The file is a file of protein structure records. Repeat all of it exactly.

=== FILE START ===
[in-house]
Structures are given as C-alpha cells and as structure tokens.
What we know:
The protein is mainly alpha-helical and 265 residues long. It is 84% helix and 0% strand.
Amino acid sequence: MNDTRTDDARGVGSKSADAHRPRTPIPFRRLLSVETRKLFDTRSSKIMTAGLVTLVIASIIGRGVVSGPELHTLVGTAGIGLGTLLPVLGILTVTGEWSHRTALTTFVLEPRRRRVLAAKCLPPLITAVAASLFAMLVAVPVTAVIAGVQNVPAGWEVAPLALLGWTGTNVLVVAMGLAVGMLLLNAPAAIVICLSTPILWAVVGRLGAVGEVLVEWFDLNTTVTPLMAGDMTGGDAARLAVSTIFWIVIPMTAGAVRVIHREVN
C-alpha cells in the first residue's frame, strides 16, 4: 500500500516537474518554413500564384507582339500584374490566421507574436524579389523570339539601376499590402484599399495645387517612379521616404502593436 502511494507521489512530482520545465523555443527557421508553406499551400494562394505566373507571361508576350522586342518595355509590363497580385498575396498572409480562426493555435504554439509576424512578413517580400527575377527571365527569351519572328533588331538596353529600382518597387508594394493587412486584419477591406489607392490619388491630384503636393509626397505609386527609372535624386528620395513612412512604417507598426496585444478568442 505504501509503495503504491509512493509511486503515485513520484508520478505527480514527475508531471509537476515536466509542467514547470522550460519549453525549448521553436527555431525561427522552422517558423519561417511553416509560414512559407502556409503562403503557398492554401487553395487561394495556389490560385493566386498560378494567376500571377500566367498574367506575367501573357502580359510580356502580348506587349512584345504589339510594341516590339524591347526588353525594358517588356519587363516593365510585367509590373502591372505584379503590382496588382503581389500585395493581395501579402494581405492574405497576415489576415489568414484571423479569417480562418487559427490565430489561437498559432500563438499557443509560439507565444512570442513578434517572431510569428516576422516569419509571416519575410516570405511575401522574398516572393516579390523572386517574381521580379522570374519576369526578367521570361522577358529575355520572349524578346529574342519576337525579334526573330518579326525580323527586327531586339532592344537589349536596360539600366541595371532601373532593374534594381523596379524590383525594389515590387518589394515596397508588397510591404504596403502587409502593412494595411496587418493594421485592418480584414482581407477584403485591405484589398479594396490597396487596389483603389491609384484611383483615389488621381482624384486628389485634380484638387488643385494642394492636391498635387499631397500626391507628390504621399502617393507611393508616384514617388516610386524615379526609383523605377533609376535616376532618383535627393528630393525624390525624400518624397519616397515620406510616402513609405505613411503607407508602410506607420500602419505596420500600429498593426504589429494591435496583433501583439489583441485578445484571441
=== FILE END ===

[in-house]
Structures are given as C-alpha cells and as structure tokens.
What we know:
The protein is mainly alpha-helical and 265 residues long. It is 84% helix and 0% strand.
Amino acid sequence: MNDTRTDDARGVGSKSADAHRPRTPIPFRRLLSVETRKLFDTRSSKIMTAGLVTLVIASIIGRGVVSGPELHTLVGTAGIGLGTLLPVLGILTVTGEWSHRTALTTFVLEPRRRRVLAAKCLPPLITAVAASLFAMLVAVPVTAVIAGVQNVPAGWEVAPLALLGWTGTNVLVVAMGLAVGMLLLNAPAAIVICLSTPILWAVVGRLGAVGEVLVEWFDLNTTVTPLMAGDMTGGDAARLAVSTIFWIVIPMTAGAVRVIHREVN
C-alpha cells in the first residue's frame, strides 16, 4: 500500500516537474518554413500564384507582339500584374490566421507574436524579389523570339539601376499590402484599399495645387517612379521616404502593436 502511494507521489512530482520545465523555443527557421508553406499551400494562394505566373507571361508576350522586342518595355509590363497580385498575396498572409480562426493555435504554439509576424512578413517580400527575377527571365527569351519572328533588331538596353529600382518597387508594394493587412486584419477591406489607392490619388491630384503636393509626397505609386527609372535624386528620395513612412512604417507598426496585444478568442 505504501509503495503504491509512493509511486503515485513520484508520478505527480514527475508531471509537476515536466509542467514547470522550460519549453525549448521553436527555431525561427522552422517558423519561417511553416509560414512559407502556409503562403503557398492554401487553395487561394495556389490560385493566386498560378494567376500571377500566367498574367506575367501573357502580359510580356502580348506587349512584345504589339510594341516590339524591347526588353525594358517588356519587363516593365510585367509590373502591372505584379503590382496588382503581389500585395493581395501579402494581405492574405497576415489576415489568414484571423479569417480562418487559427490565430489561437498559432500563438499557443509560439507565444512570442513578434517572431510569428516576422516569419509571416519575410516570405511575401522574398516572393516579390523572386517574381521580379522570374519576369526578367521570361522577358529575355520572349524578346529574342519576337525579334526573330518579326525580323527586327531586339532592344537589349536596360539600366541595371532601373532593374534594381523596379524590383525594389515590387518589394515596397508588397510591404504596403502587409502593412494595411496587418493594421485592418480584414482581407477584403485591405484589398479594396490597396487596389483603389491609384484611383483615389488621381482624384486628389485634380484638387488643385494642394492636391498635387499631397500626391507628390504621399502617393507611393508616384514617388516610386524615379526609383523605377533609376535616376532618383535627393528630393525624390525624400518624397519616397515620406510616402513609405505613411503607407508602410506607420500602419505596420500600429498593426504589429494591435496583433501583439489583441485578445484571441